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Catch young moon and planet Jupiter again on March 3

2014-march-3-moon-dusk-night-sky-chart

Tonight for March 3, 2014

If your sky is clear, you should be able to see the young waxing crescent moon smiling at you in the western evening dusk on March 3, 2014. The Northern Hemisphere is favored for this view (because the moon is lower in the sky after sunset and sets sooner after the sun, as seen from the Southern Hemisphere). Meanwhile, the dazzling planet Jupiter shines high in the south at dusk and early evening. Each evening after sunset, watch for the waxing moon climb upward toward Jupiter, to pair up with this brilliant beauty of a planet on March 9 and 10.

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Look for Jupiter high in the south at dusk/nightfall throughout March 2014.

Look for Jupiter high in the south at dusk/nightfall throughout March 2014.

The young moon smiles in the west after sunset when the ecliptic intersects the horizon at a steep angle,. It's a waxing moon, showing more of its day side each evening.

The young moon smiles in the west after sunset when the ecliptic intersects the horizon at a steep angle,. It’s a waxing moon, showing more of its day side each evening.

March is a great time to see the young moon because the ecliptic – plane of the solar system – is nearly perpendicular to the horizon on March evenings, as seen from Earth’s Northern Hemisphere. Meanwhile, from the Southern Hemisphere tonight, this young moon won’t be as easy to see, due to the shallow angle of ecliptic as seen from the southern half of Earth on March evenings.

To see tonight’s young moon, it helps to have a level and unobstructed western horizon, especially from the Southern Hemisphere. If you don’t know which way west is, just remember it’s the sunset direction. But don’t wait around. The moon won’t stay out that long after nightfall, even at northerly latitudes

Meanwhile, folks at middle latitudes in the Southern Hemisphere – for example, South America, South Africa, Australia and New Zealand – won’t see the moon quite as easily after sunset. So why is the young moon more visible in the Northern Hemisphere? It’s because we are rather close to the spring equinox in the Northern Hemisphere, but it’s equally close to the autumn equinox in the Southern Hemisphere. On late winter/early spring evenings, the ecliptic – the pathway of the sun, moon, and planets – hits the horizon at the steepest angle for the year. But on late summer/early autumn evenings, the ecliptic hits the horizon at its shallowest angle. So at southerly latitudes in the Southern Hemisphere, it’ll harder to catch tonight’s moon.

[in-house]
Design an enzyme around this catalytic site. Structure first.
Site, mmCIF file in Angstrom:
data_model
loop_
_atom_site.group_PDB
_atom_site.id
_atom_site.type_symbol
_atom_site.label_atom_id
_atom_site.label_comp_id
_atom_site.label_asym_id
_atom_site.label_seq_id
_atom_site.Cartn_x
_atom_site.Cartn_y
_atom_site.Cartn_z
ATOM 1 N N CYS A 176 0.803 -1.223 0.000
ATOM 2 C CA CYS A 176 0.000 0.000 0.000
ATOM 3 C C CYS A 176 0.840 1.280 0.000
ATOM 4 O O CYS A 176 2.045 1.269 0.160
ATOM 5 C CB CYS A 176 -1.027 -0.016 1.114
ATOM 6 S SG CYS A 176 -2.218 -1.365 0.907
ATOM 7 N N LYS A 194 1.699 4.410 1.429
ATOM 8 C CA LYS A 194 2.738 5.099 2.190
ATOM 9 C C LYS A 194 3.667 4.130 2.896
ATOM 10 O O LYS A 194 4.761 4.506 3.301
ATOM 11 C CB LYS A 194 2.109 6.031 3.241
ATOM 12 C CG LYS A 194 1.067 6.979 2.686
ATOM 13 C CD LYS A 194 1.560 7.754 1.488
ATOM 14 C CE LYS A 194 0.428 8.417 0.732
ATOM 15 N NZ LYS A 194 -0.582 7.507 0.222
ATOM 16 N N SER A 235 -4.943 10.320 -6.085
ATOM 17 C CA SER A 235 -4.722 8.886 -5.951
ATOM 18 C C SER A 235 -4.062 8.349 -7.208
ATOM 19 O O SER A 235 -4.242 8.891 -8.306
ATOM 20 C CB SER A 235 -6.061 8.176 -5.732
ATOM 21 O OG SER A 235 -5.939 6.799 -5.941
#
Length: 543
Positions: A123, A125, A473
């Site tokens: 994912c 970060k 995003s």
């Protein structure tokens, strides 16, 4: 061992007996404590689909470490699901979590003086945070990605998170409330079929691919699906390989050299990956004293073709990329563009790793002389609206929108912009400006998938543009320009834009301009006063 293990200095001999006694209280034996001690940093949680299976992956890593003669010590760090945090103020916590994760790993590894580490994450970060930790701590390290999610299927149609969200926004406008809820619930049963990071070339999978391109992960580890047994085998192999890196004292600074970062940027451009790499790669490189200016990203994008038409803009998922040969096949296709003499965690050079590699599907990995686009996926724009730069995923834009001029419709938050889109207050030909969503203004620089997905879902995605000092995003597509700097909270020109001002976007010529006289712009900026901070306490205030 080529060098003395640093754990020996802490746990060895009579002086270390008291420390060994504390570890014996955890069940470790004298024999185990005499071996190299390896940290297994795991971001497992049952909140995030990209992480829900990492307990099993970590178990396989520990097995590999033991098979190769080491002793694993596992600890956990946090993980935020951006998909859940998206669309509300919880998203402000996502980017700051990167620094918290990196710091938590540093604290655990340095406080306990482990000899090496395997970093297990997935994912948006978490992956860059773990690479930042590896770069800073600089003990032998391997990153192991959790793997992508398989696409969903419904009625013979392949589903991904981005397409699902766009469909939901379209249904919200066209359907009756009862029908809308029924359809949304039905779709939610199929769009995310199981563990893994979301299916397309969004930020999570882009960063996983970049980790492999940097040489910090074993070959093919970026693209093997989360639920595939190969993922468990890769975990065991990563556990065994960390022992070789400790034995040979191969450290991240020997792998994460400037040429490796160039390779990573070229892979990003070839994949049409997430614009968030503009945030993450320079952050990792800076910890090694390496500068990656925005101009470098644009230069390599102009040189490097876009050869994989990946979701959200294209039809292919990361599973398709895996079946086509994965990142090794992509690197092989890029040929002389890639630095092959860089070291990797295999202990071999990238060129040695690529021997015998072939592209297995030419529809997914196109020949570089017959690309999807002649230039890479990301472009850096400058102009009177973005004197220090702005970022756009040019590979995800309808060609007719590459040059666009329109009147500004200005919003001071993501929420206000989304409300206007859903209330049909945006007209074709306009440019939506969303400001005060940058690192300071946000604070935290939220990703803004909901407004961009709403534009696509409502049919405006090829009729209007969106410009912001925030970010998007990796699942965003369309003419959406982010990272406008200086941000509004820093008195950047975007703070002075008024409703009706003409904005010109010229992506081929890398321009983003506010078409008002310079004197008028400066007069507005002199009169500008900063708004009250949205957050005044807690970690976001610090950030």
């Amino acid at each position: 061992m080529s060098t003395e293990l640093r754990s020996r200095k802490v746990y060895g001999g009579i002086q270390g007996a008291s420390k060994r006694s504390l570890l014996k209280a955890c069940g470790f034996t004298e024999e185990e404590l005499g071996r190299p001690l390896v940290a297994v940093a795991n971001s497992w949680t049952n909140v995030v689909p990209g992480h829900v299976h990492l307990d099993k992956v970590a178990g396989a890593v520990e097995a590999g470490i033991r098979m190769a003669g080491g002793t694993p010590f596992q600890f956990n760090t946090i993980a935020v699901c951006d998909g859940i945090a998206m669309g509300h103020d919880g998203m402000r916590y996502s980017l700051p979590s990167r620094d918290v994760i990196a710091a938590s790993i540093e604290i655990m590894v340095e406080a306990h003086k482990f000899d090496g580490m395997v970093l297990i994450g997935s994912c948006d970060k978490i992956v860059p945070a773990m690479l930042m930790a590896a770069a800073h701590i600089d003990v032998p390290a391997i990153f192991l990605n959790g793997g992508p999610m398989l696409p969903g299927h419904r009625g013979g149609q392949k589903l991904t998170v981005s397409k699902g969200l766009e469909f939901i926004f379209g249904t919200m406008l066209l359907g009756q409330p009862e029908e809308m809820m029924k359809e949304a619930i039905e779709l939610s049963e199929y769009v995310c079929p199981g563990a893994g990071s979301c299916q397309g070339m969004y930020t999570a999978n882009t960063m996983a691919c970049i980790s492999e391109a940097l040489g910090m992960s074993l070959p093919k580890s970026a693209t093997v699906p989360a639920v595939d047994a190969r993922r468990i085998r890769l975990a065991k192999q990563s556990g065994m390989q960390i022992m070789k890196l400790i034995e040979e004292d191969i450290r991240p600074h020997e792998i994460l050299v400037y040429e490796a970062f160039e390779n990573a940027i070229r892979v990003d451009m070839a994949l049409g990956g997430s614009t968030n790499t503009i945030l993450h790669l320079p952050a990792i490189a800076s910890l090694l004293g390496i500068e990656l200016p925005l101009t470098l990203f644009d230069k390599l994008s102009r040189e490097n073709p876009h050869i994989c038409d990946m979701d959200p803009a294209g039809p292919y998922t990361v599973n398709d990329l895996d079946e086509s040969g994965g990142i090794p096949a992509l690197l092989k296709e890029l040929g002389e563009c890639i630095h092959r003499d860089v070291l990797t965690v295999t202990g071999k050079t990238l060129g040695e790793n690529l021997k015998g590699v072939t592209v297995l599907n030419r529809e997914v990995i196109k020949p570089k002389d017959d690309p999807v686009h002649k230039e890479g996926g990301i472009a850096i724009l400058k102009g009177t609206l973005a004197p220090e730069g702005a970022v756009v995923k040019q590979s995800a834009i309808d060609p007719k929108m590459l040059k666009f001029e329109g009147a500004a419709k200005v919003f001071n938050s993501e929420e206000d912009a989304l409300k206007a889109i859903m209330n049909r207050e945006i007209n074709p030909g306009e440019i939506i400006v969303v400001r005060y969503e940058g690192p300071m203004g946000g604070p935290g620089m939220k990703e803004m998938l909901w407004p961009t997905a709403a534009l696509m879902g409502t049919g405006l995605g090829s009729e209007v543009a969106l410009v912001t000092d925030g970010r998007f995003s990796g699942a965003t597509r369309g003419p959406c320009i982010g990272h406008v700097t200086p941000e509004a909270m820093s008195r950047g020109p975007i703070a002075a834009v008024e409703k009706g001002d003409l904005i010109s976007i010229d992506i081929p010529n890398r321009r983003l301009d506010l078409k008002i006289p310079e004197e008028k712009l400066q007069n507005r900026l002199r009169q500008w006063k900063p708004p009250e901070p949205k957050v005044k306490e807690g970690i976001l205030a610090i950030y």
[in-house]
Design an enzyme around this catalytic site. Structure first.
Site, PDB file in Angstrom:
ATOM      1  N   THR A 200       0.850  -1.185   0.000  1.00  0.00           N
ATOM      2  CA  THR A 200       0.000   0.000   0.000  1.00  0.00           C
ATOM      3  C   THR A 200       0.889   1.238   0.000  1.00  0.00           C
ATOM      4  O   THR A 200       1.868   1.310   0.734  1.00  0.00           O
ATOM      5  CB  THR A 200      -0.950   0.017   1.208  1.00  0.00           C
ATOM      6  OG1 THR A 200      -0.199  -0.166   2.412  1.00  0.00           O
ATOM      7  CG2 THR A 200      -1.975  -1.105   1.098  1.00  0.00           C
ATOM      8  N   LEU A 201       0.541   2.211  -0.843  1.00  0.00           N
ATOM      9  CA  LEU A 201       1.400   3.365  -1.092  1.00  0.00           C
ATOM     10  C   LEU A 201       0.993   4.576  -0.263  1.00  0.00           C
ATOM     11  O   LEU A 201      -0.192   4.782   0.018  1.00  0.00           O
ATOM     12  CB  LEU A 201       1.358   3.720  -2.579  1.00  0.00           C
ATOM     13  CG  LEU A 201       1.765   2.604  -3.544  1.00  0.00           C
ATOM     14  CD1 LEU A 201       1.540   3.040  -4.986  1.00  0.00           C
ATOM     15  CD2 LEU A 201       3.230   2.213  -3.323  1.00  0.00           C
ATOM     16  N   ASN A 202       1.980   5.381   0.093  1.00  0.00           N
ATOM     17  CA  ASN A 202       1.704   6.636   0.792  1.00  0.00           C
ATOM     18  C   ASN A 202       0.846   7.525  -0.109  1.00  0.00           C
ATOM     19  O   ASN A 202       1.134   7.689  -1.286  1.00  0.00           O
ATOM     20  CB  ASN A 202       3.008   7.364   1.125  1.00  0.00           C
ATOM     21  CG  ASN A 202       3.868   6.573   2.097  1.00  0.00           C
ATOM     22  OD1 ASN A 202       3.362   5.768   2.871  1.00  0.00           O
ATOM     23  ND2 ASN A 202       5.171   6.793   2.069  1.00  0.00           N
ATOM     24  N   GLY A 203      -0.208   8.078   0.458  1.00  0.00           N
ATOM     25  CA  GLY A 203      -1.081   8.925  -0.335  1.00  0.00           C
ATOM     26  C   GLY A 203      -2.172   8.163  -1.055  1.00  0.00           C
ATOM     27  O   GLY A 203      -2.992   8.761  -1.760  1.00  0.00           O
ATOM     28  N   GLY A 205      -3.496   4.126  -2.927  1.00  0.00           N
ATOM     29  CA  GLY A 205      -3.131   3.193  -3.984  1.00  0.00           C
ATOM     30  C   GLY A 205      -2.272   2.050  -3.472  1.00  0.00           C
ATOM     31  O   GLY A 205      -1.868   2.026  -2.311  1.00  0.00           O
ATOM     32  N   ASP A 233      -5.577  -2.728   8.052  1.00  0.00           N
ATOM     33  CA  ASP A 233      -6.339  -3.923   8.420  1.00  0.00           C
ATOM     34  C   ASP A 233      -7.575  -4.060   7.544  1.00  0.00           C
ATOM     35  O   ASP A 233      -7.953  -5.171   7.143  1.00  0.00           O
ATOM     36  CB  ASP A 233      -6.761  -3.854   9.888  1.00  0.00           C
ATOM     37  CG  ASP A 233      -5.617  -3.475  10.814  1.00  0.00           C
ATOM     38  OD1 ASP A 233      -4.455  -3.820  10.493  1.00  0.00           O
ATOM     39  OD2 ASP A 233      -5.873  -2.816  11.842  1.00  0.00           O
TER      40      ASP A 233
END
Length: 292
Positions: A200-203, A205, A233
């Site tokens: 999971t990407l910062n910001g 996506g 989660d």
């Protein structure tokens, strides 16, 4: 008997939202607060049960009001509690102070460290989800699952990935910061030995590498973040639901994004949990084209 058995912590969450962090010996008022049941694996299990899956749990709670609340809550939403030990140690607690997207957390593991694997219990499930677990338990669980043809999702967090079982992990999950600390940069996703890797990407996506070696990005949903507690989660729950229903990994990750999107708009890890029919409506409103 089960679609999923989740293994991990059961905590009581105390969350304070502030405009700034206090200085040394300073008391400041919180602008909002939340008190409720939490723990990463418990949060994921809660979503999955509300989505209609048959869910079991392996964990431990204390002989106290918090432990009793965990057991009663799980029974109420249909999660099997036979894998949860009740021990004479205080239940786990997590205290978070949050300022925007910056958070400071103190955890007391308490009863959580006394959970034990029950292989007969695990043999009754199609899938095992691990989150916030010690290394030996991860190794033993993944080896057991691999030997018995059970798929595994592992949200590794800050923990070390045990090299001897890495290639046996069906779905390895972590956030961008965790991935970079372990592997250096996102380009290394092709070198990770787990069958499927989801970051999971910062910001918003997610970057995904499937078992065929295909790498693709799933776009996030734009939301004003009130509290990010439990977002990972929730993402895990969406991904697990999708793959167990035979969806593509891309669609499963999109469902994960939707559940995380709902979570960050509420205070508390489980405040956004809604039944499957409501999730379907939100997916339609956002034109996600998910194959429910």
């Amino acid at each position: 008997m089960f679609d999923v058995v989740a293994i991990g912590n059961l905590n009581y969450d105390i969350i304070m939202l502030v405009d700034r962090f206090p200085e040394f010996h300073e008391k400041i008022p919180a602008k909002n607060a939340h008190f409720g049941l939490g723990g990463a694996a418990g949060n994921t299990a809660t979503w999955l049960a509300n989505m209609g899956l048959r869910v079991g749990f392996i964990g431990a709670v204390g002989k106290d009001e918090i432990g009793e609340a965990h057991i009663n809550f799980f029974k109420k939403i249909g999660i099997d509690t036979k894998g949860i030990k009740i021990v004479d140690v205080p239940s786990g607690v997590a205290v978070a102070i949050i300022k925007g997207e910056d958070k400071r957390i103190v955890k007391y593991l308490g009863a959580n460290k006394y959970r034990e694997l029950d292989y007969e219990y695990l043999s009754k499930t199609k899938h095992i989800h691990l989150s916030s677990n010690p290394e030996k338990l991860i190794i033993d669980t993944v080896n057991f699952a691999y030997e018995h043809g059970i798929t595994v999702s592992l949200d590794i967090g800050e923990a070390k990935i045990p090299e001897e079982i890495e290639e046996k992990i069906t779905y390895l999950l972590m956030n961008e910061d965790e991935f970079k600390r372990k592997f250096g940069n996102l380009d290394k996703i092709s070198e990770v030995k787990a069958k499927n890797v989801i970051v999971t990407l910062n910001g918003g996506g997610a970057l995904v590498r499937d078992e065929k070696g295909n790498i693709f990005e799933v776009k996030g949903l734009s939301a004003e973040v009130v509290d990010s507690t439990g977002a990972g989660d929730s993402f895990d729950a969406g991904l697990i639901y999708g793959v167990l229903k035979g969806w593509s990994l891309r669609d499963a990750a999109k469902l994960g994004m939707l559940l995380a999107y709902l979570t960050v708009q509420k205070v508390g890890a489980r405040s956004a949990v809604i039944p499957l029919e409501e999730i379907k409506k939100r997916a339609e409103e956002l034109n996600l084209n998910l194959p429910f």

View larger Ben Coffman wrote,

View larger. | Ben Coffman wrote in early March 2014, “Hi, EarthSky, I managed to catch some zodiacal light just after sunset at the Oregon coast and thought I’d share the photo with you. As far as I recall, this was my first time seeing zodiacal light, and I only knew what it was because of some of your past articles–thanks! And thanks for checking out the photo!” Thank you Ben!

Late winter/early spring evenings also present the best time to see the zodiacal light after dusk, and earthshine on the nighttime side of the waxing crescent moon. You can double your pleasure tonight by catching the young moon at dusk and nightfall, and then the zodiacal light after dark (80 to 120 minutes after sunset)! After tonight, the brightening waxing moon may start to obscure the zodiacal light.

Bottom line: If blessed with an unobstructed western horizon and clear sky on March 3, 2014, you should catch the waxing crescent moon in the west after sunset.

What’s the youngest moon you can see?

March 2014 guide to the five visible planets

When can you see earthshine on a crescent moon?